Secure World Foundation Releases 2022 Global Counterspace Capabilities: An Open Source Assessment

BROOMFIELD, Colo. (SWF PR) — The Secure World Foundation (SWF) is proud to announce the release of its annual report, “Global Counterspace Capabilities: An Open Source Assessment.” Edited by SWF Director of Program Planning Brian Weeden and Washington Office Director Victoria Samson, this report compiles and assesses publicly available information on the counterspace capabilities being developed by multiple countries across five categories: direct-ascent, co-orbital, electronic warfare, directed energy, and cyber. It assesses the current and near-term future capabilities for each country, along with their potential military utility. 

The full 2022 report and the Executive Summary, along with previous year’s editions, can be found at:  http://www.swfound.org/counterspace

Translations of the 2022 Executive Summary into French, Spanish, Russian, and Chinese will be available in May.

On Wednesday, April 20, 2022, from 09:00 – 10:30 EDT, SWF will co-host a hybrid event with experts from the Center for Strategic and International Studies (CSIS) to discuss their respective 2022 reports. More information about the event and RSVP can be found here: https://www.csis.org/events/tracking-developments-counterspace-weapons.

This is the fifth annual edition of the report, which is released in tandem with a similar report by CSIS. The 2022 edition of the report adds new developments through February 2022, adds three new countries to the report (Australia, South Korea, and the United Kingdom), and reorganizes the report to highlight those countries that have created orbital debris through counterspace testing.

Biden Administration Publishes Space Priorites Framework

Taken by NASA astronaut Mike Hopkins, this picture shows Earth’s limb, or horizon, from the International Space Station as it orbits above the Pacific Ocean off the coast of Chile. (Credits: NASA)

UNITED STATES SPACE PRIORITIES FRAMEWORK
The White House
December 2021

UNITED STATES SPACE PRIORITIES FRAMEWORK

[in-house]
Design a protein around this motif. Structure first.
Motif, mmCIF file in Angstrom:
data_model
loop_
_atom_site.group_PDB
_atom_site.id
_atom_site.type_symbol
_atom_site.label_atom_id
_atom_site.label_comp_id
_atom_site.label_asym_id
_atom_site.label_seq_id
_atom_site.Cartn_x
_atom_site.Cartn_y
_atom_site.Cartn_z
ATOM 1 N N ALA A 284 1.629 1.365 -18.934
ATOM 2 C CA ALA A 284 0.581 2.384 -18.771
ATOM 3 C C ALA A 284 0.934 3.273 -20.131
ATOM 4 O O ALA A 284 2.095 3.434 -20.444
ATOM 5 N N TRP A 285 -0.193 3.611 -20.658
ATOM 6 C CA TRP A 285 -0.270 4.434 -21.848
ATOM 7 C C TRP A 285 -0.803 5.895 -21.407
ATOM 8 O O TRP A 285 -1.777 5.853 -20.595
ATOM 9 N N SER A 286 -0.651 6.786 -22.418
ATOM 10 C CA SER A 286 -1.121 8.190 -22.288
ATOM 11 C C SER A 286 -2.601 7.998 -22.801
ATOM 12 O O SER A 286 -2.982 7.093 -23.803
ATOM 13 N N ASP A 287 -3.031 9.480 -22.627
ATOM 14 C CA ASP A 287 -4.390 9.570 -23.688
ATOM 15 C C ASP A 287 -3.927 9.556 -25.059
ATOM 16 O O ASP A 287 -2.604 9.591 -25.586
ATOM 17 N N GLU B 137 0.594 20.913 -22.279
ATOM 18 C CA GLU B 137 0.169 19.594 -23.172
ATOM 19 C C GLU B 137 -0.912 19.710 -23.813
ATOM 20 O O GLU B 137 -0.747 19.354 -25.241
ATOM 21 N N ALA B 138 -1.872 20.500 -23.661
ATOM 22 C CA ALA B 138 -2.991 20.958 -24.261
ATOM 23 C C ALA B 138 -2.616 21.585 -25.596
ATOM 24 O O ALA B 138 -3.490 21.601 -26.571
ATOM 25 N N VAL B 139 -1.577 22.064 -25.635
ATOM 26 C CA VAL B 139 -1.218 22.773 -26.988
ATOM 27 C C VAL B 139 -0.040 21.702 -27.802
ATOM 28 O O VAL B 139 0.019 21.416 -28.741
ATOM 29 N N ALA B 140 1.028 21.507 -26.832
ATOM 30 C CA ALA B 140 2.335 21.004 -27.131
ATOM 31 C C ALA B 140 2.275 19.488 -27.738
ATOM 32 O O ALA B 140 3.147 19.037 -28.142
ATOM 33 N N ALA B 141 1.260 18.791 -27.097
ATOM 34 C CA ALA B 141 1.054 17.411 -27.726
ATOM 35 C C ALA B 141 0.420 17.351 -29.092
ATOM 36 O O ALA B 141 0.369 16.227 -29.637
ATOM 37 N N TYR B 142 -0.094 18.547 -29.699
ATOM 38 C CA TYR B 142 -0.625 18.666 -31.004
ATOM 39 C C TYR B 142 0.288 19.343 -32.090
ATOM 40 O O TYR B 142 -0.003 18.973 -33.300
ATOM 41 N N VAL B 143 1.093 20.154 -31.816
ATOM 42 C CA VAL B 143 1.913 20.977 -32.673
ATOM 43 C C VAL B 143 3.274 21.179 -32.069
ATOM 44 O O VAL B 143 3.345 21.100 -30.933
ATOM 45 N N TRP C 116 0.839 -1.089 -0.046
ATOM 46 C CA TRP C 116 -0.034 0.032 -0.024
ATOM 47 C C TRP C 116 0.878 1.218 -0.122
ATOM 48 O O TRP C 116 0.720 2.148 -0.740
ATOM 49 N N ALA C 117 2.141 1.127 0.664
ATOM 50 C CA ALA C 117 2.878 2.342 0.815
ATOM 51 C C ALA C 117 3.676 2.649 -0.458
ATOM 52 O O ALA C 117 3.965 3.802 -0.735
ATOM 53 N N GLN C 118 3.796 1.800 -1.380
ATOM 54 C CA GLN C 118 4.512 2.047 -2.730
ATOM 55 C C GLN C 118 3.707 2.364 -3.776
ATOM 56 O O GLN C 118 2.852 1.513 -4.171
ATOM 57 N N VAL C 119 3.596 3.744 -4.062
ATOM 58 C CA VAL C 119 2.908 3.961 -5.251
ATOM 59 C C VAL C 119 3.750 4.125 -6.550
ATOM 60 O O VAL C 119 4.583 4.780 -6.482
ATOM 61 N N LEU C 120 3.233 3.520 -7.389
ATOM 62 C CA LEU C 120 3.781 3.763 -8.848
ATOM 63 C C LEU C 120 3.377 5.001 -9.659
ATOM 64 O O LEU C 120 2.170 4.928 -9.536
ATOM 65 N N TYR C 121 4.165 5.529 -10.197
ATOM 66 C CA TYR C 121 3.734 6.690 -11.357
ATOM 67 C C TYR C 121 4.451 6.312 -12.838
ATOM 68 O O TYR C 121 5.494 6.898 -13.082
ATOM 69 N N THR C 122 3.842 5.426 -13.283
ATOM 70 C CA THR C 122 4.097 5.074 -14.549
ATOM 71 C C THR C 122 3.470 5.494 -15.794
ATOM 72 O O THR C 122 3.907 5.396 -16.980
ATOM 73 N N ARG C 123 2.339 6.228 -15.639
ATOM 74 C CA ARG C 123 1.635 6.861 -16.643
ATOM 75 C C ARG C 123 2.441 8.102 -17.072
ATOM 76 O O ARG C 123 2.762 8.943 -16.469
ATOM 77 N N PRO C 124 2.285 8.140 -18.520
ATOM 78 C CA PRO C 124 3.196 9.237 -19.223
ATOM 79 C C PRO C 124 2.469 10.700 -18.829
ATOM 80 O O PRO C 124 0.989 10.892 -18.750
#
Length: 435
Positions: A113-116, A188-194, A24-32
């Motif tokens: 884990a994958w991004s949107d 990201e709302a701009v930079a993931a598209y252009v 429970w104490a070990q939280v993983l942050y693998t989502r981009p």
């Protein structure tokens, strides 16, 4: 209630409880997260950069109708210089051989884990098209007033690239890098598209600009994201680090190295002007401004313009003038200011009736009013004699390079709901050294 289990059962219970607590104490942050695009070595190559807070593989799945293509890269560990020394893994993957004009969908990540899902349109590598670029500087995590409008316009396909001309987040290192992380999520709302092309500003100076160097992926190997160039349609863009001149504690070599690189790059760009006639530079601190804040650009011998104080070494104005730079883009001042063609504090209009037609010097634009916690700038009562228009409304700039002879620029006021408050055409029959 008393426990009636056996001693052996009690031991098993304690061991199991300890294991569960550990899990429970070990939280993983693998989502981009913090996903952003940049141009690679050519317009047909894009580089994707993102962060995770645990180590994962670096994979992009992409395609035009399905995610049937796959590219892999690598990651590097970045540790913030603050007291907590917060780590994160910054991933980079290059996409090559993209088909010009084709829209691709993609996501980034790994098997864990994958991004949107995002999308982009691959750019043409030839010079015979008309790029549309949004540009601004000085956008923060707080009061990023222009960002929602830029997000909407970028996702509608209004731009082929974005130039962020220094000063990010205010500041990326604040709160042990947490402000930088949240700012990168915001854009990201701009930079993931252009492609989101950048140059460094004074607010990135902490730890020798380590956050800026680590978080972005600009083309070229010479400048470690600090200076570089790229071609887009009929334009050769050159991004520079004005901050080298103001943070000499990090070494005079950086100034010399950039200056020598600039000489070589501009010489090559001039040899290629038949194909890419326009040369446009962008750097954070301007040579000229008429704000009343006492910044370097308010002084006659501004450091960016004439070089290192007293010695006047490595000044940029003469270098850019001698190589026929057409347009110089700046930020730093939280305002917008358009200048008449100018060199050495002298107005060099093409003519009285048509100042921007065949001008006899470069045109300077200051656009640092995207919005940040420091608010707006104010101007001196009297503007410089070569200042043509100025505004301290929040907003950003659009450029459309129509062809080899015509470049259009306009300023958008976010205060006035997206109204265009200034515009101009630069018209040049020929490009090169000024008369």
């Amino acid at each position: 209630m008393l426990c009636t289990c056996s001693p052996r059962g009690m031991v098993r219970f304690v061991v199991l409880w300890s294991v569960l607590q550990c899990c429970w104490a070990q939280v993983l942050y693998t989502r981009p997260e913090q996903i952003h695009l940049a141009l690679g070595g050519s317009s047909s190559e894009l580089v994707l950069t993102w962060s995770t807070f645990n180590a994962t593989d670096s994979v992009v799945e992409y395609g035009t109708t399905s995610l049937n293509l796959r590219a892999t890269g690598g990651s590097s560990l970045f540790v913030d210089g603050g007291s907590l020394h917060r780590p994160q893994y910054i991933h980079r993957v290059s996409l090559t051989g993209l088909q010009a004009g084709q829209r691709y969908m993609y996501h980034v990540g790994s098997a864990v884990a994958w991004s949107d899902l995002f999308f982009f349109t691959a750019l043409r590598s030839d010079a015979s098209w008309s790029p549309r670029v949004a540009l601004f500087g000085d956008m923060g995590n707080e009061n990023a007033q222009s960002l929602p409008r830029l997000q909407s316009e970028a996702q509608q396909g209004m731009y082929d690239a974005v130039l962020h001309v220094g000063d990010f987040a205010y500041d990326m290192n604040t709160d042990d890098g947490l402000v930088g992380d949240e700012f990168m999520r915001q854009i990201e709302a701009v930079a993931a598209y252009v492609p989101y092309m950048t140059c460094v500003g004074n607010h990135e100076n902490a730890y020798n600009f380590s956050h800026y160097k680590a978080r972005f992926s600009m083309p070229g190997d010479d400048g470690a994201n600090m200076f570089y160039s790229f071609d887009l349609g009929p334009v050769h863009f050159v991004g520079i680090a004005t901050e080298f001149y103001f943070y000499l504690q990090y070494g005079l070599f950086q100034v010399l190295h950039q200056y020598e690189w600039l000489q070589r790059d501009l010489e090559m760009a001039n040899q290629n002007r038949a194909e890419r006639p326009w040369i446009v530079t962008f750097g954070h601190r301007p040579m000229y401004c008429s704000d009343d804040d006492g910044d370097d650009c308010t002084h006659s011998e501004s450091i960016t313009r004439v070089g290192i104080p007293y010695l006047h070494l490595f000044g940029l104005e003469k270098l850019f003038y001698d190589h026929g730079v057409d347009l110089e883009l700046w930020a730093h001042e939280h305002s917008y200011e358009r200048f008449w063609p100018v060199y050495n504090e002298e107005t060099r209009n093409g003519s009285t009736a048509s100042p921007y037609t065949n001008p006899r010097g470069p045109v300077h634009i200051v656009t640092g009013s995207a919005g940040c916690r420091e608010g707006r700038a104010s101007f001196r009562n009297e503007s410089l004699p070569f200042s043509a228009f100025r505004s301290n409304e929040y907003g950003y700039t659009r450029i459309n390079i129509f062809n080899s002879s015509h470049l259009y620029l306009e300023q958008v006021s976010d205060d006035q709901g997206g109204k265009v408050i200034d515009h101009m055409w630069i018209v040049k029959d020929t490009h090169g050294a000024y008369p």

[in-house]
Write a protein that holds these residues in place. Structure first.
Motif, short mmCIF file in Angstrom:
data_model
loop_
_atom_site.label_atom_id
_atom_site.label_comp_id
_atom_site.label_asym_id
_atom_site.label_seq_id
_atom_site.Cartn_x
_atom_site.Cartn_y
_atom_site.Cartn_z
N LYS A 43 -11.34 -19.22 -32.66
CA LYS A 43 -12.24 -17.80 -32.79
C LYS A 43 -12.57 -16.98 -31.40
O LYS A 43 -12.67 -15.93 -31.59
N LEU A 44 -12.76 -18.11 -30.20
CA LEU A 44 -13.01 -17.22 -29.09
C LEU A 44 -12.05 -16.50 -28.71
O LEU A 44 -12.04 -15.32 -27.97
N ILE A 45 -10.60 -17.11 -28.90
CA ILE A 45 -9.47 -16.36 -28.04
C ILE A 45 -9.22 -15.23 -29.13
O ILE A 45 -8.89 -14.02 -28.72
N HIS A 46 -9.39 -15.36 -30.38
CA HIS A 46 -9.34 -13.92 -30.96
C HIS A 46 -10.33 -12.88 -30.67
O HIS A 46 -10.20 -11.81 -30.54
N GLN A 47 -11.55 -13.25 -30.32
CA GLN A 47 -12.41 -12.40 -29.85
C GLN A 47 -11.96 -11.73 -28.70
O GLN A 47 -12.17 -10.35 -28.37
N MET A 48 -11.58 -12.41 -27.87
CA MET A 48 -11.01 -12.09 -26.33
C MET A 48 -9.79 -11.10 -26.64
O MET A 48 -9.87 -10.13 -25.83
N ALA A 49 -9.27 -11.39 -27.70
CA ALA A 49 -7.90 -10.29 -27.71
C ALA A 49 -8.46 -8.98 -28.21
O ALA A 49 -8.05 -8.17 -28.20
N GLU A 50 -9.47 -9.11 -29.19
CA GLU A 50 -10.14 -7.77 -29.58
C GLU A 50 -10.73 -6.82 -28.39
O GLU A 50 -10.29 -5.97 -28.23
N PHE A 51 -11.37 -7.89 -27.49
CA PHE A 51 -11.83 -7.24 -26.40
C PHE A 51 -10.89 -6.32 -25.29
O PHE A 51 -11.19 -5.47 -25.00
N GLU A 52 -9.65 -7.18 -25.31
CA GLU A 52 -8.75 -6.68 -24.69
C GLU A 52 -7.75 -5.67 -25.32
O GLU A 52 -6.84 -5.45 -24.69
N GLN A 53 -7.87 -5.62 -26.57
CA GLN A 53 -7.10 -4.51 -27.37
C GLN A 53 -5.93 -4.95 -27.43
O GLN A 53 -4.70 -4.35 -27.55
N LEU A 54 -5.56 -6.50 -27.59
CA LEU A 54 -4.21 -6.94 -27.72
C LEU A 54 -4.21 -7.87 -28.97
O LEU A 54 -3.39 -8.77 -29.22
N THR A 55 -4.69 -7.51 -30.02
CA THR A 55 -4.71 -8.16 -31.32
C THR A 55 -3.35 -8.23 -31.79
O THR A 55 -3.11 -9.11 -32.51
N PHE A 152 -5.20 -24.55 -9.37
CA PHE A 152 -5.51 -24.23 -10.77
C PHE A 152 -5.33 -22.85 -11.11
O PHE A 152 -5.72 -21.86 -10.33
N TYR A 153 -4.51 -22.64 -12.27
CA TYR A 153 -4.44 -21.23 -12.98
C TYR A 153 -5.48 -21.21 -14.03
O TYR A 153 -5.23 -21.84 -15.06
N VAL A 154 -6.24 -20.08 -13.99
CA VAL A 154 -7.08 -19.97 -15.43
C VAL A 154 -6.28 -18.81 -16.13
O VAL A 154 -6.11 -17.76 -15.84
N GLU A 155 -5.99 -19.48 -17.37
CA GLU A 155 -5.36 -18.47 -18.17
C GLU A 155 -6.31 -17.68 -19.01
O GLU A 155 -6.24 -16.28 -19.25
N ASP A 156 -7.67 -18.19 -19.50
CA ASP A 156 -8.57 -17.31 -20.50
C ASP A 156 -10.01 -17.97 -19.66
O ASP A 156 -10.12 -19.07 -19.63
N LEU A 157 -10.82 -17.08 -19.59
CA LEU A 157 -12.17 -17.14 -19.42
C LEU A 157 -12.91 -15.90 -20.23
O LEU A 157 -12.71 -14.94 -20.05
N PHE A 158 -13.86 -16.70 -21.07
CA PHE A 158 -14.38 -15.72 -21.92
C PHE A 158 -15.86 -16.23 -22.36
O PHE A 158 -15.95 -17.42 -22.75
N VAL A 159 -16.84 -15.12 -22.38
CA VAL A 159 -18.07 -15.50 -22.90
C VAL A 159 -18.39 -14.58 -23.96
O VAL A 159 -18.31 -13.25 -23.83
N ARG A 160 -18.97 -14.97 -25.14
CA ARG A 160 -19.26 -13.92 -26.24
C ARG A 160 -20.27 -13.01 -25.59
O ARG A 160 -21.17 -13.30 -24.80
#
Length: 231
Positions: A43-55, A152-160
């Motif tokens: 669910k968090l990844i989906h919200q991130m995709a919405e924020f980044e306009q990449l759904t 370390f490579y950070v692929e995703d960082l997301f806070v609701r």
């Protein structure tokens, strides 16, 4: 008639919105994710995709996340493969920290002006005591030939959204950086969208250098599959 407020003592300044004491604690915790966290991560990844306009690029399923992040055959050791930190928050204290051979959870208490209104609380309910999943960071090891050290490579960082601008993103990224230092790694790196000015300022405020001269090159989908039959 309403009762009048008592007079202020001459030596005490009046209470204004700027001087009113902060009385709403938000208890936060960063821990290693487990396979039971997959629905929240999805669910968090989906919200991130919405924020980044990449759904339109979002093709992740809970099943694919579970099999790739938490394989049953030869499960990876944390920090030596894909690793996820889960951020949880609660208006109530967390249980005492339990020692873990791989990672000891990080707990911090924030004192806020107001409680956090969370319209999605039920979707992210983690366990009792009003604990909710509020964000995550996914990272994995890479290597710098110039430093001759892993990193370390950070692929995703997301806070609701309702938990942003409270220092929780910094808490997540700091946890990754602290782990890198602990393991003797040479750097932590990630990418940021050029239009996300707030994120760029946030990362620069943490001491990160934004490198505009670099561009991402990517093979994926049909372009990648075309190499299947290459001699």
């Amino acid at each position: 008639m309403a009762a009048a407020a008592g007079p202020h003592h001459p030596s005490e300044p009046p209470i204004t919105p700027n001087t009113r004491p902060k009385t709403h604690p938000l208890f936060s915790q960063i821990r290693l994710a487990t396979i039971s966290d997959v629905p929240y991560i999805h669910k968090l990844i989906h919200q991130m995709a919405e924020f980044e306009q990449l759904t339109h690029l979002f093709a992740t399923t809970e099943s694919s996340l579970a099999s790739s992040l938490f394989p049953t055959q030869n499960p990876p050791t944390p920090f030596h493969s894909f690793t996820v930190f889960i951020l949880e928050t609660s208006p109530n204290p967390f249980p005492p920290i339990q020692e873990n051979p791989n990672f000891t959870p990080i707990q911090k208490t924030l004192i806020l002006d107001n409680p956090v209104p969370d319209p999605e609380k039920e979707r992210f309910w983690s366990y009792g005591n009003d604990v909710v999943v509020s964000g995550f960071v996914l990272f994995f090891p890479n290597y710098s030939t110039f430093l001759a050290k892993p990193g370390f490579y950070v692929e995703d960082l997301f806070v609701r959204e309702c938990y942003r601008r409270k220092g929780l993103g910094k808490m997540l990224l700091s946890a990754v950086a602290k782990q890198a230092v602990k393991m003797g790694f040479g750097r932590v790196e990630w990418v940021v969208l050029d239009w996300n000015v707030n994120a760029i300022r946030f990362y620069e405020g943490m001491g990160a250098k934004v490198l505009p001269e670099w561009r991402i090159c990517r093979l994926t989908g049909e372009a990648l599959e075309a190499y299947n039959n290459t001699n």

Space activities are essential to our way of life. They advance our understanding of the Earth, the universe, and humanity; enable U.S. national security; create good jobs and economic opportunity; enhance our health and well-being; and inspire us to pursue our dreams. Space capabilities provide critical data, products, and services that drive innovation in the United States and around the world. Access to and use of space is a vital national interest.

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An Overview of North Korea’s Counterspace Strategy and Space Program

Unha-3 rocket on the launch pad.

Global Counterspace Capabilities:
An Open Source Assessment

Secure World Foundation
April 2020

Full Report

The following excerpts from the report summarize North Korea’s counterspace strategy and its launch vehicle and satellite programs.

NORTH KOREA

North Korea has no demonstrated capability to mount kinetic attacks on U.S. space assets: neither a direct ascent anti-satellite (DA-ASAT) nor a co-orbital system. In its official statements, North Korea has never mentioned anti-satellite operations or intent, suggesting that there is no clear doctrine in Pyongyang’s thinking at this point.

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An Overview of France’s Counterspace Capabilities

Global Counterspace Capabilities:
An Open Source Assessment

Secure World Foundation
April 2020

Full Report

The following excerpt from the report summarizes France’s counterspace capabilities.

Country Summary

While France has long had a space program, as well as military satellites, it was not until very recently that France had an explicit focus on offensive and defensive counterspace capabilities.